Kevin Cheveldayoff knows if the circumstances were different, he might have been out of a job a few years ago.
Tasked with overseeing the rebirth of the Winnipeg Jets as a rookie NHL general manager when they returned to the hockey-mad city in 2011, the club has made the playoffs just once under his watch.
But despite rumblings of his demise on more than a few occasions, Cheveldayoff's vision to draft and develop players, coupled with the organization's patience from top to bottom, is finally paying off.
"Very fortunate to have the ownership group that we have that shares the same philosophy on how we were going to do this," Cheveldayoff said in a recent interview. "We were patient with the development of some of our young players. In today's day in age you can't rush them.
"We feel that's going to help them in the long run."
It certainly has so far this season.
The Jets entered Monday's action seventh in the overall standings, fifth in the Western Conference and third in Central Division with a 19-10-5 record. Their 43 points has them just three back of the Nashville Predators for first in the conference and the division, and is the best mark among the seven Canadian teams.
Winnipeg is on pace for 103 points, which would not only rank as the franchise's best season since the Atlanta Thrashers were sold and moved to Manitoba, but also higher than any total the previous incarnation of the Jets could muster before relocating to Phoenix to become the Coyotes in 1996.
"We've just got to keep our head down and keep grinding away," said Cheveldayoff.
Grinding away is also a good description for how he's built the Jets during six-plus years at the helm. Cheveldayoff, who won the Stanley Cup as an assistant GM with the Chicago Blackhawks in 2010, drafted 10 of the players on Winnipeg's current roster.
Some of Cheveldayoff's picks — including star forwards Mark Scheifele, Nikolaj Ehlers and Patrik Laine — hit the ground running, but others like defenceman Josh Morrissey and goalie Connor Hellebuyck have taken longer to find their footing.
"From my very first training camp you understood why a player got drafted," said Jets head coach Paul Maurice, who was hired in January 2014. "You don't always know. There's exceptions when an Ehlers comes in or a (Laine), but you understand why the player was drafted.
"The draft and development ... it's been at the forefront for us."
The veteran players have seen it, too.
"Guys that have been here the whole time, it was tough to be patient," said captain Blake Wheeler. "We knew what was coming down the pipeline, it was just a matter of when."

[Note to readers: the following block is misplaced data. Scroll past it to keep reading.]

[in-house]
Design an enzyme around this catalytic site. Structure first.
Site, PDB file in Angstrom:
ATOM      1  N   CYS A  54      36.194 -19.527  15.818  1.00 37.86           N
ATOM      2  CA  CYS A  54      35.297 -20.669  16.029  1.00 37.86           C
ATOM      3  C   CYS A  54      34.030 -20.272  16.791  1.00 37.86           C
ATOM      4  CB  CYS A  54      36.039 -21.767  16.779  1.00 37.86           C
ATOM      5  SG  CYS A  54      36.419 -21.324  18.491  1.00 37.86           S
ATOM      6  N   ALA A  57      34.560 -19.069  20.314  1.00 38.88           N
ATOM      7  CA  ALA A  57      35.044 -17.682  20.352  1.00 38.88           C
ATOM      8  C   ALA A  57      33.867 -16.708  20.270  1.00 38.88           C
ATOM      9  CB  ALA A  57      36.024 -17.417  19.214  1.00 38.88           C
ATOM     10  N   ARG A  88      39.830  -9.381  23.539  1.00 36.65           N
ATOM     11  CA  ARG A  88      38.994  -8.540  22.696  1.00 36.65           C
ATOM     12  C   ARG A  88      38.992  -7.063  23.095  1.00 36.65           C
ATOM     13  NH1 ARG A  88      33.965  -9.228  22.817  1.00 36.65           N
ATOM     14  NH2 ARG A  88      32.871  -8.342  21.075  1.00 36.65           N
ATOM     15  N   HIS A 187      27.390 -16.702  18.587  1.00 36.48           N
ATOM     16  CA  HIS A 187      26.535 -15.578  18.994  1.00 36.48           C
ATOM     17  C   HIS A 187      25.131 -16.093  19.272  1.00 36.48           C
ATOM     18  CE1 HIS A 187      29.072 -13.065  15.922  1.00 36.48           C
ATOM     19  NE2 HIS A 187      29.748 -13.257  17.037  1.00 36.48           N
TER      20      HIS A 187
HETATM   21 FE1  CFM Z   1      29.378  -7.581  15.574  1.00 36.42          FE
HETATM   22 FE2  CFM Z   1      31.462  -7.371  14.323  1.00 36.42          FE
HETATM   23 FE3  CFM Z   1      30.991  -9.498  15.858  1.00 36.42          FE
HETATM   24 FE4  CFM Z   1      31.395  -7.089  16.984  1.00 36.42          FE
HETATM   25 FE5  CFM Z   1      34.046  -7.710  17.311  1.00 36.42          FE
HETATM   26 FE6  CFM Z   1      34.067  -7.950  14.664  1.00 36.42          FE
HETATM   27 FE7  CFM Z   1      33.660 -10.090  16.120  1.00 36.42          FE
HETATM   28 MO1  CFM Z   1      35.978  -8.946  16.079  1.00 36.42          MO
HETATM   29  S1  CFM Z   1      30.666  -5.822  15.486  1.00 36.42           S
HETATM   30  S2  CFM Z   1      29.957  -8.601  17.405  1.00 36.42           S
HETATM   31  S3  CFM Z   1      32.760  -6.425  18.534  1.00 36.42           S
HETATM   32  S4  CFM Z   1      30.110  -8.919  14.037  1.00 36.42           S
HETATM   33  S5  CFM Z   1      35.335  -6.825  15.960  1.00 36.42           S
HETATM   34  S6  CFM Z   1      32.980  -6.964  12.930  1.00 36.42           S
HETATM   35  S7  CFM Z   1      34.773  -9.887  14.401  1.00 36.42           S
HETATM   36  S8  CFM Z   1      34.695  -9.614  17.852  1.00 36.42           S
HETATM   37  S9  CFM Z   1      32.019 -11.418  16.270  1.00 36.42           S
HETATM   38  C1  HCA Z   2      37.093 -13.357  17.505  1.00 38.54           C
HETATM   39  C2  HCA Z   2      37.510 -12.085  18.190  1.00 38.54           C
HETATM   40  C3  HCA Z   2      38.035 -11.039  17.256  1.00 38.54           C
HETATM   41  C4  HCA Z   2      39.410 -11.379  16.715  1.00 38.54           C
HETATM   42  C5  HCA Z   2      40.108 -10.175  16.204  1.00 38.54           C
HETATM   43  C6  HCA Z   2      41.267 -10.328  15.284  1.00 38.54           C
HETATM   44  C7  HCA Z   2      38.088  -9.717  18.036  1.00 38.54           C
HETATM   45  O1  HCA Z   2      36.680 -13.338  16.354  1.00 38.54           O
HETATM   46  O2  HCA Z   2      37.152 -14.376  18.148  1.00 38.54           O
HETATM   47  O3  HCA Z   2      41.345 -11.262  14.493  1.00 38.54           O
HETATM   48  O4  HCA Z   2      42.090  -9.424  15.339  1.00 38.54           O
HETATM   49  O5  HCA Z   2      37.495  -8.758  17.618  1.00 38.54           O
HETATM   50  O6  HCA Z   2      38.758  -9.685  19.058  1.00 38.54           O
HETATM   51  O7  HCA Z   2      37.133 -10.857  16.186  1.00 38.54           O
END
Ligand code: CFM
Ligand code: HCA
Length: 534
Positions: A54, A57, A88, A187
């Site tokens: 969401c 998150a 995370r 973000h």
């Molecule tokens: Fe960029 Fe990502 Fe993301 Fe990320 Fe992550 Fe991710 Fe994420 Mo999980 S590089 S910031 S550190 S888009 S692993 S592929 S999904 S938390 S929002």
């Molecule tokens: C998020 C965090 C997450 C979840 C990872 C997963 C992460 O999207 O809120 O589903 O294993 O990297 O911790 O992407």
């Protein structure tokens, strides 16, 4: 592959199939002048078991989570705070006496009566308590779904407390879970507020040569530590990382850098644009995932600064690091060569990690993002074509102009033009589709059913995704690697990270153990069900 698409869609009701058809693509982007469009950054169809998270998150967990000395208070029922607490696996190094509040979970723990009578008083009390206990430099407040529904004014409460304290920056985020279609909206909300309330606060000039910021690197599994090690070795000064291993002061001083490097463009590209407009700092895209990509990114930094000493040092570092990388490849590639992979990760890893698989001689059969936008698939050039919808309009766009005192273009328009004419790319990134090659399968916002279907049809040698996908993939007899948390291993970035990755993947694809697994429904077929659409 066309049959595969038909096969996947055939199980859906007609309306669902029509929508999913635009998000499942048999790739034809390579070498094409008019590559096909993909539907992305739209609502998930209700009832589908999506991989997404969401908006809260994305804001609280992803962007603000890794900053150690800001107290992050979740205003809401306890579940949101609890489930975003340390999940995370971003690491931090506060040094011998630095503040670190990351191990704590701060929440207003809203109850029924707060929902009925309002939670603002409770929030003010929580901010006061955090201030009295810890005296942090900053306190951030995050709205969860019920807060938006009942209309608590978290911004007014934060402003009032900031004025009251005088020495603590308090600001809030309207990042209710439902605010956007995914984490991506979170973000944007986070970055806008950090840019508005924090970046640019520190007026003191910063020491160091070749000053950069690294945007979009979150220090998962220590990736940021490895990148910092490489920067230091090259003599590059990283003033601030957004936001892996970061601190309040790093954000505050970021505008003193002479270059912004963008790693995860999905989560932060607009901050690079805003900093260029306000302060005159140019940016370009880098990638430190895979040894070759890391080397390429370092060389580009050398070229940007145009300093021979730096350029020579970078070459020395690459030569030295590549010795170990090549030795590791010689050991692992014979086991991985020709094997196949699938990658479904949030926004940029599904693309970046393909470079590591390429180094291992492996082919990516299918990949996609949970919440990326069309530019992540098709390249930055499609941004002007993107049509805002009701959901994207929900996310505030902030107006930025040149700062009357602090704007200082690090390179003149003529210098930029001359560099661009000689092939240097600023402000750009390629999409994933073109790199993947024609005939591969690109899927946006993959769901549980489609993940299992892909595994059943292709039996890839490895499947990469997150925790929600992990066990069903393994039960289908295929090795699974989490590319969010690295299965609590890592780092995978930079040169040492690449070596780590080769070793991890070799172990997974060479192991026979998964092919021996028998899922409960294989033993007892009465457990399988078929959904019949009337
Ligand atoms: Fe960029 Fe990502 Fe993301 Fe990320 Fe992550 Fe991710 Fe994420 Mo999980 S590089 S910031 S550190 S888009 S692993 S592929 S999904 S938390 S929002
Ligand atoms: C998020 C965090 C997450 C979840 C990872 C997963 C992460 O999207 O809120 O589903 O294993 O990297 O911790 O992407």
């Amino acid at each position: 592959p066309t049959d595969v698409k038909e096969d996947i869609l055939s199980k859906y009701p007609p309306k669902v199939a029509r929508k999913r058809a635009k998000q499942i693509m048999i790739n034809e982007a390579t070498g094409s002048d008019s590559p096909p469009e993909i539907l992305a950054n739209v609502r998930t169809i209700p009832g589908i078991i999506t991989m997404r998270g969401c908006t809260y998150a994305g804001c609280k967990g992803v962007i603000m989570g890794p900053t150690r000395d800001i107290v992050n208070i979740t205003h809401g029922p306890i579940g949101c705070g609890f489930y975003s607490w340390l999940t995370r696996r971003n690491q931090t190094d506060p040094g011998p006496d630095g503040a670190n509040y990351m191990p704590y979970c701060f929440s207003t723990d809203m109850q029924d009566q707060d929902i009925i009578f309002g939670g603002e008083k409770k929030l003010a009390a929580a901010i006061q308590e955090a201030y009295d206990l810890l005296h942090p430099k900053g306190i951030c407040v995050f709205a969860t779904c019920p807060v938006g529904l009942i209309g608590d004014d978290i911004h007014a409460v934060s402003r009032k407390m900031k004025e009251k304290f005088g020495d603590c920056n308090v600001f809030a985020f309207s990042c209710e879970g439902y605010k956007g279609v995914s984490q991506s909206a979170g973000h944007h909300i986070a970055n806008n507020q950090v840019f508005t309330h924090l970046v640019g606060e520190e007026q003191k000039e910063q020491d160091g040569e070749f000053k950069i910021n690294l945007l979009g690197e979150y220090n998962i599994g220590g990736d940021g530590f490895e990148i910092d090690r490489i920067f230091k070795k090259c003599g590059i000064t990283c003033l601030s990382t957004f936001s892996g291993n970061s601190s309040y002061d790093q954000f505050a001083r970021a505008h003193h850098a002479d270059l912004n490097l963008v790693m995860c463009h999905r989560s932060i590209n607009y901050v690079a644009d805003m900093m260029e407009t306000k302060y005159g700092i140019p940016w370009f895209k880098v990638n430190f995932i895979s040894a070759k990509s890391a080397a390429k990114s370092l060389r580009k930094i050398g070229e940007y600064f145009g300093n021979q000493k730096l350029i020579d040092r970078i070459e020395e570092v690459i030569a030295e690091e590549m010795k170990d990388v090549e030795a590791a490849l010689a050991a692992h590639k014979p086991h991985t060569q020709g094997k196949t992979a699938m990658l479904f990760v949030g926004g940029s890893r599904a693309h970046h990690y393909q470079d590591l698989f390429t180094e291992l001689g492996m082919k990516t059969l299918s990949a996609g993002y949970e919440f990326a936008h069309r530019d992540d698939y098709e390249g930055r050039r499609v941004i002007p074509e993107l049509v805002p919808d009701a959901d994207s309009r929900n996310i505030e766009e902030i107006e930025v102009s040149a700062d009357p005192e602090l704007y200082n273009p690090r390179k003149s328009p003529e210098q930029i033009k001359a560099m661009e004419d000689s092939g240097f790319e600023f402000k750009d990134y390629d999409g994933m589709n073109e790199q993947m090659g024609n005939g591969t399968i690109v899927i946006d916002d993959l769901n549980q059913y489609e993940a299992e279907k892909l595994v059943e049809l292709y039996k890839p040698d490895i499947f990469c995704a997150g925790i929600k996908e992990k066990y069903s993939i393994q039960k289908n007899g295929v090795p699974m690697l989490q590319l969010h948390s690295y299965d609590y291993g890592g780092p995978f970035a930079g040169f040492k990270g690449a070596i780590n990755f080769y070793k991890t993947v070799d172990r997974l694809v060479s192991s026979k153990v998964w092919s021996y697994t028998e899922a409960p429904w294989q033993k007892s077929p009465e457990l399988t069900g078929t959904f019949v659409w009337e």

For the 22-year-old Morrissey, it's been exciting to be among the youthful crop that has Winnipeg on the move.
"The team has done an awesome job of bringing in some really great young players and really good young people that are willing and ready to learn," he said. "It's cool to of be a part of that group."
While ownership had patience with Cheveldayoff, he has in turn given Maurice more rope that most coaches get after missing the playoffs two years in a row. Winnipeg made the post-season in 2015, but it was over quickly in a four-game sweep at the hands of the Anaheim Ducks.
"The thought process of what we have been doing essentially was laid when he came in," said Cheveldayoff, who along with Maurice was rewarded with a contract extension in September. "We had talked about some different aspects of things that we felt, as an organization, we were going to need to try to do to win.
"Paul is a very good communicator. He's someone that has tremendous respect for the players, but also has tremendous respect from the players."
It hasn't been hard for Maurice to see the big picture despite some frustrating moments.
"It would be difficult if you didn't believe it, if you stood behind the bench and said, 'Yeah these kids are good kids, but they're five years away," he said. "We were a very young team the last two years, and you could see the kinds of things they couldn't do yet, but you knew they would fairly soon.
"Our young guys are still working on becoming really good everyday. There's lots of nights they're really good. Getting them to that consistent level is the challenge now."
Cheveldayoff is quick to keep things in perspective just past the midway point of the schedule, but seeing his blueprint turning into tangible results has justified his plan for the Jets.
"It's been a good start," said Cheveldayoff. "You've got lots of runway ahead of you to try to continue to keep it going."
With files from Judy Owen in Winnipeg
Joshua Clipperton, The Canadian Press